The U.S. Department of Agriculture (USDA) on March 30 unveiled the new Southeast FireMap, a fire mapping tool for the Southeastern United States that enables resource managers to improve their regional or local approaches to managing wildfire risk and fire management needs through targeted prescribed burns and training. The collaborative project included partnerships with the U.S. Endowment for Forestry and Communities, the LongLeaf Alliance, Tall Timbers Research, and the U.S. Geological Survey.
Fire management helps improve forest ecosystem health, increases timber values, reduces the risk of wildfire damage to life and property, reduces ticks and other pests, protects drinking water, and renews healthy ecosystems supporting wildlife habitat, especially in fire-dependent longleaf pine forests.
The SE FireMap version 1.0 decision support tool will map all detectable fires, including managed prescribed burns and wildfires, across nine states. The map and associated tools aim to improve fire management in urban and rural communities through remote sensing and will track both prescribed fire and wildfires throughout Virginia, North Carolina, South Carolina, Georgia, Florida, Alabama, Mississippi, Louisiana and Texas.
“Through partnerships, longleaf forest conservation and restoration have progressed significantly in recent years,” said Terry Cosby, acting Chief for USDA’s Natural Resources Conservation Service (NRCS). “From reducing the risk of dangerous wildfires to improving fire planning for community preparedness or supporting landscape resiliency during impacts from climate change, NRCS’s partnership with the U.S. Endowment for Forestry and Communities has helped deliver an invaluable conservation tool that complements existing efforts to reverse the decline of longleaf forests.”
This work was funded by a NRCS Working Lands for Wildlife partnership agreement with the U.S. Endowment for Forestry and Communities. The Endowment led a regional consortium of partners to manage the project and partnered with The Longleaf Alliance to establish the project’s technical oversight team. Team members were provided by the Longleaf Partnership Council and Southeast Regional Partnership for Planning and Sustainability. After a public proposals request, Tall Timbers Research was selected to conduct a scoping phase resulting in the release of the SE FireMap version 1.0.
Tall Timbers partnered with the U.S. Geological Survey and used their Landsat Burned Area products to map burned areas longleaf in the southeast from 1994 – 2019. This is especially impressive as nearly 80% of the southeastern U.S. is in private ownership and this represents the first regional effort to map fires greater than 2.5 acres across the region, regardless of ownership. The Longleaf Alliance served in a critical liaison role between NRCS Working Lands for Wildlife and its partners to keep the project on track and well facilitated.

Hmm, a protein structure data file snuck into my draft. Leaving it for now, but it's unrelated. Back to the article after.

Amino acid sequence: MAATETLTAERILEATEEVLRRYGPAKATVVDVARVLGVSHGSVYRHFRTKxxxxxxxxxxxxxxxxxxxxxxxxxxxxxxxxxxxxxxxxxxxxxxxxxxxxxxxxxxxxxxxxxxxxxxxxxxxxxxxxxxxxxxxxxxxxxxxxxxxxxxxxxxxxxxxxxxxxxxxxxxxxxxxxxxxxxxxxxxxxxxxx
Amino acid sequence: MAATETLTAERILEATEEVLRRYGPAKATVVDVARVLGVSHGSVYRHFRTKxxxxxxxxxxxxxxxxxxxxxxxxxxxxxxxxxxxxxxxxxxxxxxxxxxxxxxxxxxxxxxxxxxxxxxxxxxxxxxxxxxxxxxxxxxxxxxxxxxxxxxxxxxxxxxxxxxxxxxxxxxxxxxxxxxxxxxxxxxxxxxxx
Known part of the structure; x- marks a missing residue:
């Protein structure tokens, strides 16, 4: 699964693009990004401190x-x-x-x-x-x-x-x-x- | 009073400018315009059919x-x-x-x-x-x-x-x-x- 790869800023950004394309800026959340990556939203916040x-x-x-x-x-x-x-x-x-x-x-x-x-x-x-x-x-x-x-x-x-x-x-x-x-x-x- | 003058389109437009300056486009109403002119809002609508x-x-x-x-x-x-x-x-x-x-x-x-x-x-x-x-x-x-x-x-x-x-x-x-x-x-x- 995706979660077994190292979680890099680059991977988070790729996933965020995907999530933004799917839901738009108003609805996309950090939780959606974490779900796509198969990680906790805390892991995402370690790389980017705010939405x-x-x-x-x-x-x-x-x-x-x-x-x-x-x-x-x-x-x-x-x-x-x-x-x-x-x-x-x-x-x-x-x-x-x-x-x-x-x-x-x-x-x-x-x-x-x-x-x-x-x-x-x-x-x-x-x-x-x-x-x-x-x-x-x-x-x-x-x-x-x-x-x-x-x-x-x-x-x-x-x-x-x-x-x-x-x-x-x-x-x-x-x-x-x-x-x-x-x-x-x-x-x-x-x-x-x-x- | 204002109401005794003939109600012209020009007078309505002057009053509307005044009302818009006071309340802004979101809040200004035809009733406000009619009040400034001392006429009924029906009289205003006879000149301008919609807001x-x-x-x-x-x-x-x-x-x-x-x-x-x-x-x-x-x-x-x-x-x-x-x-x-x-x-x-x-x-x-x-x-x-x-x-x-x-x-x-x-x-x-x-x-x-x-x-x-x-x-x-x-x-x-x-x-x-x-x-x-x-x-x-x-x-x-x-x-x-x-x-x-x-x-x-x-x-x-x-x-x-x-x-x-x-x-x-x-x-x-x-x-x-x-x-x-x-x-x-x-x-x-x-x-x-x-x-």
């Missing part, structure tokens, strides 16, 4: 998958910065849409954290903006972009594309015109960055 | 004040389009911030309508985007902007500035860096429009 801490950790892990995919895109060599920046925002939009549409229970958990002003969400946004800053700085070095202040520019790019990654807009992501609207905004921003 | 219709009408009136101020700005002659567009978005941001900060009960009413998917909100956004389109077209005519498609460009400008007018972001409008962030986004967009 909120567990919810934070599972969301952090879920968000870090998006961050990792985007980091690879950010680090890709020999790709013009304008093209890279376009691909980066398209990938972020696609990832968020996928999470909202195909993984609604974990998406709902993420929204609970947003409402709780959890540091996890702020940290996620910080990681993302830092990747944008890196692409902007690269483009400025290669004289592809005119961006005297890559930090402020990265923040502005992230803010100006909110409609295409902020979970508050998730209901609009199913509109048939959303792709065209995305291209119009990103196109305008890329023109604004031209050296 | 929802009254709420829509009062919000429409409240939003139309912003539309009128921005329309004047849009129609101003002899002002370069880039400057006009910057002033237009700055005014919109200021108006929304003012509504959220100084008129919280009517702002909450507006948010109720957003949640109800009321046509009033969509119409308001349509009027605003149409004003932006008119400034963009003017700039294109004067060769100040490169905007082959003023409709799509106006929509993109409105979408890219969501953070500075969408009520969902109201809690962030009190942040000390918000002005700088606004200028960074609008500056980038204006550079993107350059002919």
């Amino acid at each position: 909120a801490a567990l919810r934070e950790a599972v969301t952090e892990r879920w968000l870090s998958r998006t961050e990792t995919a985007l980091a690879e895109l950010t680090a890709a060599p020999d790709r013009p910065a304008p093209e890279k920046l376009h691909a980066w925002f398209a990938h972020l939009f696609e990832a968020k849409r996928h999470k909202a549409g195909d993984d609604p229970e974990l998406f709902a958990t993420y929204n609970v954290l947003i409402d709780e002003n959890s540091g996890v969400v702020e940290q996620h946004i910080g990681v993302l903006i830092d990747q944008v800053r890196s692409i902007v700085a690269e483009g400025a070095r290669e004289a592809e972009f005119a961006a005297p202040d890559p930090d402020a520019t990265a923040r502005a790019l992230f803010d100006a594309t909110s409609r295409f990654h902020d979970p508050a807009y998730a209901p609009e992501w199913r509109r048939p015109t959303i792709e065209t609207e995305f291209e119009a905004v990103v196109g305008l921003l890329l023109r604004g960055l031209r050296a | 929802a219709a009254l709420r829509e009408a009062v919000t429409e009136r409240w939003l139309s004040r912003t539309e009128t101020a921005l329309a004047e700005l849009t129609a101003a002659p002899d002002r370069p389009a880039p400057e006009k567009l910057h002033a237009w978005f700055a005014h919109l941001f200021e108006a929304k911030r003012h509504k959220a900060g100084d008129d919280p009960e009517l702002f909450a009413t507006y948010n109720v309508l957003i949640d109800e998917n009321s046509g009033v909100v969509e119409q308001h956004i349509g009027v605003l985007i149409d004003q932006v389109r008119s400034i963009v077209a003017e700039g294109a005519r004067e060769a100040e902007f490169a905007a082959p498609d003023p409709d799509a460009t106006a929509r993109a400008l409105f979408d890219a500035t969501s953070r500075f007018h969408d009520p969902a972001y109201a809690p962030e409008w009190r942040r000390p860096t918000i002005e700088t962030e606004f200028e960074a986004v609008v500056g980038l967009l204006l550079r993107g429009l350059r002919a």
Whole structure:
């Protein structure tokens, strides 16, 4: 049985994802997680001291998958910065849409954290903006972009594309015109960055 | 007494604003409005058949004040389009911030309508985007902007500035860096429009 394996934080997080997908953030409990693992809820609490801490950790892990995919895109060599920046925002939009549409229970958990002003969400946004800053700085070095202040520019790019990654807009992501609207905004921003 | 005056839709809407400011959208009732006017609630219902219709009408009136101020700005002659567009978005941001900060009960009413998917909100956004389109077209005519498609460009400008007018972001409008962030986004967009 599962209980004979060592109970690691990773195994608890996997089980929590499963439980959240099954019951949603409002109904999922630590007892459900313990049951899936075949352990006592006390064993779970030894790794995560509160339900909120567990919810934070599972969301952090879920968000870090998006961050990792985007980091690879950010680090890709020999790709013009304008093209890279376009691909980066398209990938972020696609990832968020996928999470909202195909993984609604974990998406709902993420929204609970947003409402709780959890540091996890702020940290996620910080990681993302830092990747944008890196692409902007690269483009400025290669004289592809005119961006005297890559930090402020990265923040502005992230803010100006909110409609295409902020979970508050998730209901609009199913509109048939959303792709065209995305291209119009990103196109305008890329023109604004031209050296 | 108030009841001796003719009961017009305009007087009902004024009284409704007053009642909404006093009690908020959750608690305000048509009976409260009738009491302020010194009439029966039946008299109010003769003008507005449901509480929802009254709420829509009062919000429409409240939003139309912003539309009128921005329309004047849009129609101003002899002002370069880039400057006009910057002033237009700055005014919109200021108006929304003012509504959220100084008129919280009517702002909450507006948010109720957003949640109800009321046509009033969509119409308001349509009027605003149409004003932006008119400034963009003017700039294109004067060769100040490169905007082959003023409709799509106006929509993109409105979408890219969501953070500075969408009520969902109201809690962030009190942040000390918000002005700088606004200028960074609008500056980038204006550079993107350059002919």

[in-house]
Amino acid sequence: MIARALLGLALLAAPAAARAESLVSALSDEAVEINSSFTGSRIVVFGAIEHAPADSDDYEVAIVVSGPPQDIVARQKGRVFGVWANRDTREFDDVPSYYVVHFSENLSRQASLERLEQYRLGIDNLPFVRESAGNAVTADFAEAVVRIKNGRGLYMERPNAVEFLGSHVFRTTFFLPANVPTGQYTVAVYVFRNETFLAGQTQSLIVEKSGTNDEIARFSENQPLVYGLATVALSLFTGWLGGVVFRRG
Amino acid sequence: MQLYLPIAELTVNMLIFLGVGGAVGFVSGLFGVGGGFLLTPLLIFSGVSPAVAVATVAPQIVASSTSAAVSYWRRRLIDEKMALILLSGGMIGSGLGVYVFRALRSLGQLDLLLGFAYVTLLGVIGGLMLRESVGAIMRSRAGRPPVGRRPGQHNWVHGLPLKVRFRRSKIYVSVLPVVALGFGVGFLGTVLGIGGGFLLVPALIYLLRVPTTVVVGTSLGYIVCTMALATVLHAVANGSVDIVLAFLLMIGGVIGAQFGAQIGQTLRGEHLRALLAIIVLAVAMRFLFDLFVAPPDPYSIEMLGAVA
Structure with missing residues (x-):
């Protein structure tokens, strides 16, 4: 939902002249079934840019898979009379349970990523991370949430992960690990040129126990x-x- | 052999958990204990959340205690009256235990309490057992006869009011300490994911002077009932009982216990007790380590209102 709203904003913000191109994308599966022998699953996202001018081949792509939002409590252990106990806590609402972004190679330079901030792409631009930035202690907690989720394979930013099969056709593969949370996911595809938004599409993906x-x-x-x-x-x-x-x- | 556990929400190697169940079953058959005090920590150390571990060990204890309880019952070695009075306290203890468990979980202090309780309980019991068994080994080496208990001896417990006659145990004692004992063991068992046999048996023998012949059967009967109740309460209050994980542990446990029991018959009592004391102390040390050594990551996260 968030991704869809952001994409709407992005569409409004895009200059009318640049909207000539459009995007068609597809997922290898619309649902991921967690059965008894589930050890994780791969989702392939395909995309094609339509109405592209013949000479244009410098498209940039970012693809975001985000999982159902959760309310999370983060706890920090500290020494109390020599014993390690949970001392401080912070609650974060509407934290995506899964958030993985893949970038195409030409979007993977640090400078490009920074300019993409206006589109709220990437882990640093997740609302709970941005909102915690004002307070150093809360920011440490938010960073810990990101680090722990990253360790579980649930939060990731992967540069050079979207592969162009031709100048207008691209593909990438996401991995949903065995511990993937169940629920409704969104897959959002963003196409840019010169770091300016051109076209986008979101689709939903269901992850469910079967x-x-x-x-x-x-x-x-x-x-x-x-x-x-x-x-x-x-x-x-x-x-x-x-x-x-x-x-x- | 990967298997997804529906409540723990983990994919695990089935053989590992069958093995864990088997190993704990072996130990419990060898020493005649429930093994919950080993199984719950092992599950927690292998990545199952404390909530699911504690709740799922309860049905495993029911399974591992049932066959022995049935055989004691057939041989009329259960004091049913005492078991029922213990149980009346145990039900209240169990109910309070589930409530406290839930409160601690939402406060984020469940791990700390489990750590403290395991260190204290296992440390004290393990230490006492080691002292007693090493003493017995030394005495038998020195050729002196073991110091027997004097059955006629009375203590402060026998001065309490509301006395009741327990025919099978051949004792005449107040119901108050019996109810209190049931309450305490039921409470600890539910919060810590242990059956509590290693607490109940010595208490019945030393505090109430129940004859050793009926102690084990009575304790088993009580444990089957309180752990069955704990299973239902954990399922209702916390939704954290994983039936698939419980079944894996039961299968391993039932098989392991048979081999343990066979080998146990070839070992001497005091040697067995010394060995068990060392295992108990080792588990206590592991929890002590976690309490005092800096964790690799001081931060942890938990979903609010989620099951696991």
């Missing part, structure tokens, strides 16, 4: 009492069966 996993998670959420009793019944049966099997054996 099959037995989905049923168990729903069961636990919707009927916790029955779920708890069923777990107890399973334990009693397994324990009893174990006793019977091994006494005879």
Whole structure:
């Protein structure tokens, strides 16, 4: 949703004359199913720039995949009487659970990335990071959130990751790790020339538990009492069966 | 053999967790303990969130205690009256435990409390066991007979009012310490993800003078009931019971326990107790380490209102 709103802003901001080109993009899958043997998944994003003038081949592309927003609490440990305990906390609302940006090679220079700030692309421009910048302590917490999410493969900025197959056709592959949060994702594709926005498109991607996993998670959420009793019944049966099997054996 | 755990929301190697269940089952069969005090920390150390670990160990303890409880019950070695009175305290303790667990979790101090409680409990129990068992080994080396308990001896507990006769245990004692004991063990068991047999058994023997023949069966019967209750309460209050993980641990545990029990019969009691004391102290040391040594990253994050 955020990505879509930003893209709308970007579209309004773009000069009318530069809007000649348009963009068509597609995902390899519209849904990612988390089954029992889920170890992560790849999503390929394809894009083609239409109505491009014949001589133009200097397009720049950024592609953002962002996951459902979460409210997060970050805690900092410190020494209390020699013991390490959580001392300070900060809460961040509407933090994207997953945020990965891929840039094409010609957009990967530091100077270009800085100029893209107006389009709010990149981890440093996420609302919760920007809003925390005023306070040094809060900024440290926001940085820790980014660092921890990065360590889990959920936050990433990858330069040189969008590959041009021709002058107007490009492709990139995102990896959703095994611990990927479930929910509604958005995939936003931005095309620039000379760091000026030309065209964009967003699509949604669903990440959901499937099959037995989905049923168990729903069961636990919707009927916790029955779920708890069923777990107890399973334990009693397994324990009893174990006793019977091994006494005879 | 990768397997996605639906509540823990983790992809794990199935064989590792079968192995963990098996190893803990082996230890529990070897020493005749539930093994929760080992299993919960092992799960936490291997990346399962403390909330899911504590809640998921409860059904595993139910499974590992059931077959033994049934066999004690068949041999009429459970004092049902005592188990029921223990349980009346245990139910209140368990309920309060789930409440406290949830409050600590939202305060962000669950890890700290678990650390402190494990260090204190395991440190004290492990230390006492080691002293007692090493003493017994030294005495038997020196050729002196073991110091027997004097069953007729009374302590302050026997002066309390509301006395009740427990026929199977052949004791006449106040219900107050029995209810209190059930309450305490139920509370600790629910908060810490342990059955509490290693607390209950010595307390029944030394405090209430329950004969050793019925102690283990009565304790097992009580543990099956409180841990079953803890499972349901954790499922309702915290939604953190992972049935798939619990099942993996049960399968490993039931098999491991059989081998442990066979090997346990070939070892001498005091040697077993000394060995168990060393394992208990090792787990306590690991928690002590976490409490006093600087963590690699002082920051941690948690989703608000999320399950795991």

“Once again, NRCS is convening partners to break new ground by spear-heading development of the first large-scale, proof of concept, spatial database to track prescribed burns and wildfire,” said Peter Stangel, Chief Operating Officer at the Endowment. “This tool will be valuable for planning and on-the-ground implementation of prescribed burns, which are essential for forest health, wildlife, and for reducing catastrophic wildfires. The SE FireMap will improve cross-sector coordination and save money. This tool couldn’t come at a better time for land managers who are grappling with the forest health challenges posed by climate change.”
Native longleaf pine ecosystems thrive with frequent fires and replicating natural fire conditions helps maintain these unique ecosystems and the wildlife that depends on them. Prescribed burns strategically mimic natural fires, which create and maintain open understory to benefit wildlife, including keystone species such as the gopher tortoise and red-cockaded woodpecker, and benefit pine stand health. Restoring longleaf forest ecosystem will support the reduction of regulatory burdens on agricultural producers through species recovery.